Review: Wapstan/Envenomist, Split (Brise-Cul, 2005)

Canada's Wapstan is up first on this split with "La ou le Temps Importe Peu": Nearly nine minutes of massively thick layers of low-end resonance rising, falling, churning, and vibrating their way across the ears to varying degrees throughout the track. As has been the case with some of Wapstan's past work, once the layering starts to max out in terms of volume and density you'll start to hear lots of little crackling peaks that can disturb the cleanliness and flow of the rather smooth (yet quite ominous) composition, which isn't such a big deal, but trust me when I say that should those kinks get ironed out some of Wapstan's work could be astoundingly powerful. A massive 17-minute affair called "Swallow the Eye" follows, taking a bit more time to build in with its deeper hums and slightly brighter textures fading into the distance - though never really getting too loud, and mainly letting the oppressive bass rumbles dominate the selection. This is another brooding piece that represents some of the darkest work to date from the project, and that's certainly right up my alley! Envenomist then closes out the disc with "Benthic Epoch Pt. 1" and "Benthic Epoch Pt. 2", totaling just under 19 minutes of similarly minimal dark ambient excursions with plenty of dismal drones and hums that create a rather unsettling atmosphere. The drones in this case have very subtly melodic tinges, but nothing even remotely musical is in tow, so don't get the wrong idea. I'd say these two tracks are both more persistently repetitive and slightly thinner than Wapstan's work by comparison, but the actual feel is a relatively close match, which makes for a strong pairing on this release. The CD-R is spraypainted silver with some black speckles and comes in a black and white sleeve with a similar insert that both look to have been printed from a home computer. Design-wise the simplicity works a little better here than most of Brise-Cul's past releases, but I can't help but still feel like the visual presentation fails to properly represent the quality of this material. Despite the fact that all four tracks are long and repetitious, the consistency of the release actually works in its favor here, and all of the material tends to focus on a hypnotic sort of quality that helps carry the weight of the running times. This is actually some of the best material I've heard from both of these projects, so I'd love to see them get the opportunity to branch out from tiny limited runs on super underground labels sometime. In fact, with a little cleaning up, this very split would've made a great candidate for such an opportunity. Well done.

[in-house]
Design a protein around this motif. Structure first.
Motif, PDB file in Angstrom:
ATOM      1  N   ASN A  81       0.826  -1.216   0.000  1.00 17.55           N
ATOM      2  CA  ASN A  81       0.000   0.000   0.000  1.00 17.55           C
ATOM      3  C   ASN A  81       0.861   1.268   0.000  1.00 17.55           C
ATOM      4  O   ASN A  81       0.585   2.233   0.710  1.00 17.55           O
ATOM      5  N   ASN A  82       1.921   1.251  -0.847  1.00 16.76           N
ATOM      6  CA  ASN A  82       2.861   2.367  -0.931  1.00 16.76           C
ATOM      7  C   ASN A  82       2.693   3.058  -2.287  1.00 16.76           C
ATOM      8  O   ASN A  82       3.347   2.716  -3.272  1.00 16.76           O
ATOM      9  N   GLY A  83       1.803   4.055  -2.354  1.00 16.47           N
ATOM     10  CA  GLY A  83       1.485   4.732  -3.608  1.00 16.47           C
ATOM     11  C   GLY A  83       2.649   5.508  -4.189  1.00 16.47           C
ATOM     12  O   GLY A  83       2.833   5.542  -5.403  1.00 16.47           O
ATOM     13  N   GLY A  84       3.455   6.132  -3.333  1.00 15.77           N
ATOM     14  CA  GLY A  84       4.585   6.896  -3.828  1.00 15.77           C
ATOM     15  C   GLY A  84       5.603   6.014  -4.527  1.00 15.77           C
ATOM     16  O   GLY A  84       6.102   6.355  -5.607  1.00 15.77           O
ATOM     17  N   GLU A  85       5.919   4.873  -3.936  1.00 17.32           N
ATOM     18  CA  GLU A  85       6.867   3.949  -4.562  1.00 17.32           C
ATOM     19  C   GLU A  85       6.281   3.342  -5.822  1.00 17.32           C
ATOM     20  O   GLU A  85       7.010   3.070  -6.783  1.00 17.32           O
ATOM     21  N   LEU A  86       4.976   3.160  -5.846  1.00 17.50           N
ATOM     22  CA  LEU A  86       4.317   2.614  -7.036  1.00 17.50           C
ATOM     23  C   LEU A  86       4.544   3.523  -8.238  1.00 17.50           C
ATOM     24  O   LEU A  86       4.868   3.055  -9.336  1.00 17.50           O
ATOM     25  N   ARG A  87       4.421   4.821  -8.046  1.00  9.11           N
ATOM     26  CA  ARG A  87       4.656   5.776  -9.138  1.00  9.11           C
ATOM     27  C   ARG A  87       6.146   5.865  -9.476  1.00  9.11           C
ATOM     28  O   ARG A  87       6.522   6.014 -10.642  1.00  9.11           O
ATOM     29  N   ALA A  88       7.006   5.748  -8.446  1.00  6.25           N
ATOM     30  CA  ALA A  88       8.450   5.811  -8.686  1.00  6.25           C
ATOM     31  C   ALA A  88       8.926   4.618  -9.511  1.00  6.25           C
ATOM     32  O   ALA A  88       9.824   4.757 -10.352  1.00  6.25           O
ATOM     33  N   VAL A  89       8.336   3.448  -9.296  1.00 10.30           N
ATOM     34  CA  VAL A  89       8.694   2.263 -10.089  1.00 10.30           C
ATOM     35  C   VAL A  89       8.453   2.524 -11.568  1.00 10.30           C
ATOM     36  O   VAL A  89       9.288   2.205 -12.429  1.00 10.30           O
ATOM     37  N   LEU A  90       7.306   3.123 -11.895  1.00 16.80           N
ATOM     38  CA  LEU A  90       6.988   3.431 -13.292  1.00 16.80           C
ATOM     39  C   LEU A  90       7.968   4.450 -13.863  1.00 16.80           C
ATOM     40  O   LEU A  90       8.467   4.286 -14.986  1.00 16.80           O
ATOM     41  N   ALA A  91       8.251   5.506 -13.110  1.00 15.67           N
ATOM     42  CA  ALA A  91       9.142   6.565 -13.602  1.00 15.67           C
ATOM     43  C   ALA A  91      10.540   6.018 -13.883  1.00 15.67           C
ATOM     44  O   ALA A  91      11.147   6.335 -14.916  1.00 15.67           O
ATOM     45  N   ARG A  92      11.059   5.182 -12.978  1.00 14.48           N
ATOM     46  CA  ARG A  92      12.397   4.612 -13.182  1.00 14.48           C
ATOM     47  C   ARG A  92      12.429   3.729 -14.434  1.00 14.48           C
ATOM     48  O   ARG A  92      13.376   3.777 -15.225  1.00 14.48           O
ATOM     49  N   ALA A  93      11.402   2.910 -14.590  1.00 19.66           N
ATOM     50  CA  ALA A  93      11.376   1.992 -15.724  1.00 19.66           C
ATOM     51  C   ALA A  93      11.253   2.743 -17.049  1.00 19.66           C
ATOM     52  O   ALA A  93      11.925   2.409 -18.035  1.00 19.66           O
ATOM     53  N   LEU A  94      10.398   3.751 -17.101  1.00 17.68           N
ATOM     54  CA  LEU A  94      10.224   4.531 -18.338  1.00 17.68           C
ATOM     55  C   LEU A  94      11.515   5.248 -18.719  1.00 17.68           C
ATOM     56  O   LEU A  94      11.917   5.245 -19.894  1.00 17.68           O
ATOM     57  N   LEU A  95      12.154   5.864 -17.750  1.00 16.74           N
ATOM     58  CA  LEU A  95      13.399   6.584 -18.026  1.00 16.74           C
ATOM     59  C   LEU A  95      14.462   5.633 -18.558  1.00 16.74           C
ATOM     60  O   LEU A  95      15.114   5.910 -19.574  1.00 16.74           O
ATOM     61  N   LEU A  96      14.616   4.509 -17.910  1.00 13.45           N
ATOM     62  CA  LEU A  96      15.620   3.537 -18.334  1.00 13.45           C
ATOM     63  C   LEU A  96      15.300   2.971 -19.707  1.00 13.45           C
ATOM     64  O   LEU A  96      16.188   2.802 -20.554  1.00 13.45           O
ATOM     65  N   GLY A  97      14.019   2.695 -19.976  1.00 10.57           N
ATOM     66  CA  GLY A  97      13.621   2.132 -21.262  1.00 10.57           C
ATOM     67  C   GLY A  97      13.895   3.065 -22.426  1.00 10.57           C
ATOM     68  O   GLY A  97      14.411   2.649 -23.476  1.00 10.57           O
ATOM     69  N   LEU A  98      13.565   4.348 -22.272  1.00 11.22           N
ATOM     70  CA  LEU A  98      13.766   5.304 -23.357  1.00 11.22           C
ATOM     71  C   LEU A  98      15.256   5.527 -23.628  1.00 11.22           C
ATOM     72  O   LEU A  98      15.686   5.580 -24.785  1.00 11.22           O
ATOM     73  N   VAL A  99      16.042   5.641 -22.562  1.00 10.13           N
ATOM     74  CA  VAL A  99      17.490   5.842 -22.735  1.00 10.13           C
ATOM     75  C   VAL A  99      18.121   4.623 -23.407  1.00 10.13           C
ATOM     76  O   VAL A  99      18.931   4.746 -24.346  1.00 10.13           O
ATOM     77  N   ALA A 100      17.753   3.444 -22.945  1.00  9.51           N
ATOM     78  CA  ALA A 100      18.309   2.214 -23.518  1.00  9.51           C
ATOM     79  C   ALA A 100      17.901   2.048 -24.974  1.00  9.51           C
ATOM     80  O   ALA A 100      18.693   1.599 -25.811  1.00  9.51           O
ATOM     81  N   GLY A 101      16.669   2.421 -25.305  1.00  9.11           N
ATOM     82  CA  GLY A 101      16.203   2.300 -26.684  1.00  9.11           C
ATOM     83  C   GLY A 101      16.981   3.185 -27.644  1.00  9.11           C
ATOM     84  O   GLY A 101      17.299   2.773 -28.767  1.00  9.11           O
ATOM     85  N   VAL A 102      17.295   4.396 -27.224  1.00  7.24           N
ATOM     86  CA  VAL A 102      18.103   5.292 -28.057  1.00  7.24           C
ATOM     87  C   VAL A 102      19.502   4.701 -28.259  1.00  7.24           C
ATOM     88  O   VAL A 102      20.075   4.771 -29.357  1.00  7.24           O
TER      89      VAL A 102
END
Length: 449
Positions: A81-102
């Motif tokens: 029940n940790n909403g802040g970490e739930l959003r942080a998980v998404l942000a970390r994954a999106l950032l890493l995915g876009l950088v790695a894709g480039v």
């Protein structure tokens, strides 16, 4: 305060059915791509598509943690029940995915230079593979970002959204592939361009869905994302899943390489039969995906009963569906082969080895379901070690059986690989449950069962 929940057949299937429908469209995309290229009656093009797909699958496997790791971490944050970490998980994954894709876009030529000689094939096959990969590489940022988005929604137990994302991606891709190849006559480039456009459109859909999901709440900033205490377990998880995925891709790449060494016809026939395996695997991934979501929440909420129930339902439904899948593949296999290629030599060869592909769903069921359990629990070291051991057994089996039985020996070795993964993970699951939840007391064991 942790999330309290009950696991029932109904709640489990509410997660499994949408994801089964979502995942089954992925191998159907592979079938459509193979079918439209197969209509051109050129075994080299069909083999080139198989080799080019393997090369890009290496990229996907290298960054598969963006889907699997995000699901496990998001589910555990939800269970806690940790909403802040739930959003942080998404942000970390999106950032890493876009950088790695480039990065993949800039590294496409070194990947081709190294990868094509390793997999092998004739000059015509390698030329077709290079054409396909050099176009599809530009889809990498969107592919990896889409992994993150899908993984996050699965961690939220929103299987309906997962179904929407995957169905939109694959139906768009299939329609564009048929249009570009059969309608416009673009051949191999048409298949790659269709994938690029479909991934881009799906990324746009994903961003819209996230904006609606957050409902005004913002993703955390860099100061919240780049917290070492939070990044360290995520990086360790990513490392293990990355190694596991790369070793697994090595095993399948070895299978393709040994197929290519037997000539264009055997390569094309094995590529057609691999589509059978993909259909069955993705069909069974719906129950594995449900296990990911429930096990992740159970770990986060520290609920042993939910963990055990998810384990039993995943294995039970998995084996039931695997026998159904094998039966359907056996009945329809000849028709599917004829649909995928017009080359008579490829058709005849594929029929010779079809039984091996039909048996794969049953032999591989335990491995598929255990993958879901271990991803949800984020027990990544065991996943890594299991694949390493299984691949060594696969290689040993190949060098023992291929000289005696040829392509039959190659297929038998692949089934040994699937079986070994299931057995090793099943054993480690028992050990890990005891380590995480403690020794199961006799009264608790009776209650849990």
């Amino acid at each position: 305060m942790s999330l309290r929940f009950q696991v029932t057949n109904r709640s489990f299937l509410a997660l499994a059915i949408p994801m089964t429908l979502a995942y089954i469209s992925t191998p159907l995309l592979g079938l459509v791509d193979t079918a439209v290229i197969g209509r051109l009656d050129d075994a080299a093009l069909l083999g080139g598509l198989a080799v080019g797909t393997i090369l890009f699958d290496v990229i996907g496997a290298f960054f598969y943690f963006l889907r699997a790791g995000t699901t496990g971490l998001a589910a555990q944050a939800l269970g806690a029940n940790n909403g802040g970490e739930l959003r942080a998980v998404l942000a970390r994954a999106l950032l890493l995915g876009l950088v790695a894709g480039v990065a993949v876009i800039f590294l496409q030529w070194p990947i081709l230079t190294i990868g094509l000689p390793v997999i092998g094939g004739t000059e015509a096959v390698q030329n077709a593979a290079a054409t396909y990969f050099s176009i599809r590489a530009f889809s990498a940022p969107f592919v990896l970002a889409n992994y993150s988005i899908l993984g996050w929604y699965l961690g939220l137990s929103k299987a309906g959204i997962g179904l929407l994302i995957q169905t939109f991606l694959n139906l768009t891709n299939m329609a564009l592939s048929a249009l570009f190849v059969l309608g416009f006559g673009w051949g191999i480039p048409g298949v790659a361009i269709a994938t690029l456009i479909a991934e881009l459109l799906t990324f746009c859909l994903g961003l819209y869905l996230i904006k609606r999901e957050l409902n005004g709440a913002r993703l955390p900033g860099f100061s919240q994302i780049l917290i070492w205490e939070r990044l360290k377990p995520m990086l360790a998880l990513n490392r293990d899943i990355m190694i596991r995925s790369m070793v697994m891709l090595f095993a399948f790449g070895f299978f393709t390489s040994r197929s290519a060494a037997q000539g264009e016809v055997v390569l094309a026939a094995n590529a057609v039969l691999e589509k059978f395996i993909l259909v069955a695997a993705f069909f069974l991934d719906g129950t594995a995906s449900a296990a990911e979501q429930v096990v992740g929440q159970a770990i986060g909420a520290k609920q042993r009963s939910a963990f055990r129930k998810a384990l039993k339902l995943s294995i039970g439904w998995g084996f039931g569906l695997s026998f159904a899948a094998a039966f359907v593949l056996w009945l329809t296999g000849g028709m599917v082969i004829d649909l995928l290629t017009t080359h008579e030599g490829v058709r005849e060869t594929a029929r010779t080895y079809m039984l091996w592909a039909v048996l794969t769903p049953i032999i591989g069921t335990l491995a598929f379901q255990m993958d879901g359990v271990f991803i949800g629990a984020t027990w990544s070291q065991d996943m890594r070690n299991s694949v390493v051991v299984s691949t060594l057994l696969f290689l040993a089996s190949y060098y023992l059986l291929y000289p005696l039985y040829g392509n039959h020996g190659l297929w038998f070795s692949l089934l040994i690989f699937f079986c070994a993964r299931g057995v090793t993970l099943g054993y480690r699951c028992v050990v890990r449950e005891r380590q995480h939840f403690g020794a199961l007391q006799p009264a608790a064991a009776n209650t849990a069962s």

Running time - 44:19, Tracks: 4
[Notable tracks: all four are very nice]
Brise-Cul Records -